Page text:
Sean Griffin Wins Two Research Fellowships

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The scholar of Russian cultural memory will spend three years at the University of Helsinki.

Sean Griffin
Sean Griffin, a lecturer in Russian, religion, and MALS, came to Dartmouth as a postdoctoral fellow in the Society of Fellows. (Photo by Eli Burakian ’00) 

Sean Griffin, a lecturer in Russian, religion, and the Master of Liberal Studies (MALS) Program, has received a Luce/ACLS Fellowship from the American Council of Learned Societies and a fellowship from the Helsinki Collegium for Advanced Studies at the University of Helsinki.

The awards will permit him to spend the next three years in Finland researching and writing his second book, The Second Baptism of Rus: Cultural Memory after Communism, which is under contract with Cornell University Press.

“It’s such a gift—the gift of time, to be able to devote yourself entirely to research and writing,” says Griffin. “To have fellowship foundations like Luce/ACLS and the Collegium for Advanced Studies invest in me and say they think this project is important—I’m just so grateful. Without this kind of support, the book might never see the light of day.”

Griffin came to Dartmouth in 2017 as a postdoctoral fellow of the interdisciplinary Society of Fellows—an experience that gave him time to complete his first book, The Liturgical Past in Byzantium and Early Rus, which won the 2020 W. Bruce Lincoln Book Prize from the Association for Slavic, East European, and Eurasian Studies, and the 2021 Ecclesiastical Society Book Prize.

“The Society of Fellows is giving young scholars the opportunity to mature, to develop, to emerge,” Griffin says. “Without it, I don’t know that I would still be in academia, or that I would have published my book.”

His current research—into more recent developments in Russian cultural memory—grew out of that first project, which focused on the medieval period of the Russian Orthodox Church.

“I was studying the most ancient Russian/Ukrainian/Belarusian historical text—what’s known as the Rus Primary Chronicle—and I was able to show that what I call the origin myth of Christian Rus actually originated in the liturgical services of the Byzantine empire,” Griffin says. “The key figure in that is Prince Vladimir”—the 10th-century ruler who Christianized that region of the world.

While in Europe to research that project, Griffin happened to see a news broadcast about Russian president Vladimir Putin and the Russian Orthodox Patriarch Kirill. “They were consecrating this gigantic new monument to Prince Vladimir the Great right outside the walls of the Kremlin,” Griffin says. He wanted to understand why.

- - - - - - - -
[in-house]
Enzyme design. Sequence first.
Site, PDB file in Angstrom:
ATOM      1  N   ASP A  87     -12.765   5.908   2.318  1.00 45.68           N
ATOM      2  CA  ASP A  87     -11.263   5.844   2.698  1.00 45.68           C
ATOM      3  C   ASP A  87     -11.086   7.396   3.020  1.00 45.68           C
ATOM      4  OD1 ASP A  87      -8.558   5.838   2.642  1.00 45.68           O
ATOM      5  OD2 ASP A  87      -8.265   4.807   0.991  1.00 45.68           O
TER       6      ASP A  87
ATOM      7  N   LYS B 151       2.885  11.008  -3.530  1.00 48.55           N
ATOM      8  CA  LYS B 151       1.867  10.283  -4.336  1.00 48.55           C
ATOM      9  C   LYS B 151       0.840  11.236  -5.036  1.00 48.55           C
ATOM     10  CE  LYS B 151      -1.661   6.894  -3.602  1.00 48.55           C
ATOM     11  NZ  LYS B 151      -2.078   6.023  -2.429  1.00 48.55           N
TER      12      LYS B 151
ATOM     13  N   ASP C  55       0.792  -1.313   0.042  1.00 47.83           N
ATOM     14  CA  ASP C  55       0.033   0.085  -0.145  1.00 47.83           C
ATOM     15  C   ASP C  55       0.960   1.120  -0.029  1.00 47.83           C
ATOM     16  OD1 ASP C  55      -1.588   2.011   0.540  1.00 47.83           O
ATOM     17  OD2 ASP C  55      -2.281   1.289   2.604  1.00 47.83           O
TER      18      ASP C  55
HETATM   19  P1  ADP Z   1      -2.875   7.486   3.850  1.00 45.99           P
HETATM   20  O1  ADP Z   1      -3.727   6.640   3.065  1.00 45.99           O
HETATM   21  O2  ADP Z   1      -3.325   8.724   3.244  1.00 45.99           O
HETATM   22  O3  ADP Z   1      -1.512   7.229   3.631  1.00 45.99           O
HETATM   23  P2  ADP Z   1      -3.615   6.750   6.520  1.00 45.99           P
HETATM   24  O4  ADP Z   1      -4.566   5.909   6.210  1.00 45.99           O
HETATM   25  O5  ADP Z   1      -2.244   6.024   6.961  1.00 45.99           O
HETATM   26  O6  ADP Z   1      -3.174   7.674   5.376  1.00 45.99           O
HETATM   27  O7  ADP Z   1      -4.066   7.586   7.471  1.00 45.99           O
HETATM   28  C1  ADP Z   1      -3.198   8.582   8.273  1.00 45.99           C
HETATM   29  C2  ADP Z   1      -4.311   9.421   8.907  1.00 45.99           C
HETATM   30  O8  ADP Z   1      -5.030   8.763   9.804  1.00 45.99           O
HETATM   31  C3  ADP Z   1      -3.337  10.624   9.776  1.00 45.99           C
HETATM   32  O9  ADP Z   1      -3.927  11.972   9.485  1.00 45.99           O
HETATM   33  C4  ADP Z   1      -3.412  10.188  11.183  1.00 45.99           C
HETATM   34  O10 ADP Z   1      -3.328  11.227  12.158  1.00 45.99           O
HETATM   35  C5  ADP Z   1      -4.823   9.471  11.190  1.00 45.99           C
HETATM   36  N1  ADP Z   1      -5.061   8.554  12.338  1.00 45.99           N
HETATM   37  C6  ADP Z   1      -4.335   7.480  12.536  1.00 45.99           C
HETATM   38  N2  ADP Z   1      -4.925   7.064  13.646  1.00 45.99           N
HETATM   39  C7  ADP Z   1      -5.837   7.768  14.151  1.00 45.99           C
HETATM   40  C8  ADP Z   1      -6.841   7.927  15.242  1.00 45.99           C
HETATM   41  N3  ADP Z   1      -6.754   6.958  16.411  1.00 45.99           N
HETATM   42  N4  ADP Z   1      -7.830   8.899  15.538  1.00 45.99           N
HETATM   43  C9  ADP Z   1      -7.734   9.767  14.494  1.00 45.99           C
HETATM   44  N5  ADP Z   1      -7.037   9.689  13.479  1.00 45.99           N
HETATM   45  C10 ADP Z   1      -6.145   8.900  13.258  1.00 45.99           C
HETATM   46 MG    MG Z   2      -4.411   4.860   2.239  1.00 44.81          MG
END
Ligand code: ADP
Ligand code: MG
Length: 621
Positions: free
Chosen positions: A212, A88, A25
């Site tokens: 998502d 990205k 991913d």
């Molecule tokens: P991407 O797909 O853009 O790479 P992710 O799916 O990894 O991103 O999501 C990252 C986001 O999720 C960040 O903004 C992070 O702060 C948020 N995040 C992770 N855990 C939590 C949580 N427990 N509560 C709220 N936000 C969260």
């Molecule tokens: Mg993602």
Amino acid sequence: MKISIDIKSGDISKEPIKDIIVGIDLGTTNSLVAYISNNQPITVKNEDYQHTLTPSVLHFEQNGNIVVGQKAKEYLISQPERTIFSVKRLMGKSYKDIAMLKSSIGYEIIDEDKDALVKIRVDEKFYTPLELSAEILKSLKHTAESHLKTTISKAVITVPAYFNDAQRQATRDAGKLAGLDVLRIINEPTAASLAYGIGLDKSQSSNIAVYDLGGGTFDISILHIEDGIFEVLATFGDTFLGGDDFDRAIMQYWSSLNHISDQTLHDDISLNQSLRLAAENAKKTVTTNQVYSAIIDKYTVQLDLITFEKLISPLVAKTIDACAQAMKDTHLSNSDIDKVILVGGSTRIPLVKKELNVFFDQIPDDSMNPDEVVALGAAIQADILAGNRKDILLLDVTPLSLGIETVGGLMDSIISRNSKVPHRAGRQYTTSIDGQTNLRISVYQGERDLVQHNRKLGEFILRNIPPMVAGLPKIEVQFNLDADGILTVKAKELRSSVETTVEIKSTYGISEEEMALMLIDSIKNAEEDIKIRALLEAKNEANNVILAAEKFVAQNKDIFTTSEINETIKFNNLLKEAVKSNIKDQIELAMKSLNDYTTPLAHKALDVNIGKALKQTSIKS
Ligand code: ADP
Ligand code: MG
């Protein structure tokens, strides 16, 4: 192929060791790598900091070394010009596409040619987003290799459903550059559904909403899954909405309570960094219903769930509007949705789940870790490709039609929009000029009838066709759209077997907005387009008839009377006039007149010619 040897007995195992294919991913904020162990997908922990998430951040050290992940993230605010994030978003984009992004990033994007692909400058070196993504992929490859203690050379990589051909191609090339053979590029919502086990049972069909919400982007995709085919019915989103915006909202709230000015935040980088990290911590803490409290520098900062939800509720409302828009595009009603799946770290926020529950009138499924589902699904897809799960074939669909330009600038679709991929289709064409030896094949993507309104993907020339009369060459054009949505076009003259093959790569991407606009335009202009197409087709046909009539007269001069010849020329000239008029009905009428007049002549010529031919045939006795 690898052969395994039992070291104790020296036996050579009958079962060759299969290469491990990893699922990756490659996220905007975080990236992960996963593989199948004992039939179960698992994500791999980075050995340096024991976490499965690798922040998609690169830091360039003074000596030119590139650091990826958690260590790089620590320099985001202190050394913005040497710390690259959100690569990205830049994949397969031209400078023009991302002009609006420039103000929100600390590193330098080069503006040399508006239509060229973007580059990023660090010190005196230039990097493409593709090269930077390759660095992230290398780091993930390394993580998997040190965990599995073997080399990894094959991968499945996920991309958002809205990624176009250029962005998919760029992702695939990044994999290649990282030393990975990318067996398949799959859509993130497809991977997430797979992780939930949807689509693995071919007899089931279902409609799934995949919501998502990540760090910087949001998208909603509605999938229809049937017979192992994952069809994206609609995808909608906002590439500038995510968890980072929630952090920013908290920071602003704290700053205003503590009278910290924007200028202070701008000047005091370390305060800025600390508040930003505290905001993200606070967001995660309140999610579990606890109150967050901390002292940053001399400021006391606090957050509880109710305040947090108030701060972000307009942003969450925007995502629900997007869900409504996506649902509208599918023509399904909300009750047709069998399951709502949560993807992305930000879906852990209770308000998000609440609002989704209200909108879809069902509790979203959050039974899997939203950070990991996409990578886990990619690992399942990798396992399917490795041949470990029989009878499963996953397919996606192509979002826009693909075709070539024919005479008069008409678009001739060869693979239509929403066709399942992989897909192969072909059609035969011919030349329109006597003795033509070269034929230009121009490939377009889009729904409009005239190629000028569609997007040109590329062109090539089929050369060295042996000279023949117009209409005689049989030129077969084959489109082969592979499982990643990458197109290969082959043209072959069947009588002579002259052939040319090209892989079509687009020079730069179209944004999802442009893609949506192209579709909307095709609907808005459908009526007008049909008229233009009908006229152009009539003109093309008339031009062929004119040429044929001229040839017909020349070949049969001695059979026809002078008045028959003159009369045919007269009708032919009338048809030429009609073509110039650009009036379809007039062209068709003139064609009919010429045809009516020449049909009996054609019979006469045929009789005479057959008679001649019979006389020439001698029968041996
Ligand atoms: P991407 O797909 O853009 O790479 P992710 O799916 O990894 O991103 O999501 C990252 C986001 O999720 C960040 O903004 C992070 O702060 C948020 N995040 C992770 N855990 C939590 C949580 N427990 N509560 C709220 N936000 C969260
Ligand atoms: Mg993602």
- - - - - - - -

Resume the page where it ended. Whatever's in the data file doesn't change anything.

“I’m a historian of the Russian Orthodox Church and I’m a scholar of cultural memory, so I was very curious about the background story of this monument. And that led me down this incredible rabbit hole where I find out that for the Russians, Prince Vladimir is basically the symbol of a new post-Soviet political ideology aimed at preserving the former dimensions of the Russian empire and the Soviet Union.”

But in Ukraine, Vladimir is likewise seen as a national symbol. “For the Ukrainians, Vladimir is supposedly the man who baptized Ukraine in 988 so that it could enter into the European Union—even though the modern nation state of Ukraine did not exist then. So they basically make Vladimir a Ukrainian nationalist.”

In The Second Baptism of Rus, Griffin will explore the transforming cultural memories of Prince Vladimir; of the Russian Revolution of 1918 and the continuing legacy of the Romanovs, the deposed Russian imperial family; and of the Stalinist era and World War II.

“What is it when a group has a cultural memory?” Griffin asks. “We remember in order to belong. This is how we create the imagined political community of the nation—we tell ourselves a shared story about the past. It doesn’t matter whether that story is factually true when it comes to the politics of memory. What matters is that it binds a group of people into a coherent political entity.”

Of his time at Dartmouth, Griffin says, “I love living in Europe, and my family is very excited, but we’re leaving with real sadness. My two kids were born here. I’ve enjoyed being a part of the Russian department and the religion department. Dartmouth and the Hanover community have become our home, and we will miss being here.”

Hannah Silverstein can be reached at

Hannah Silverstein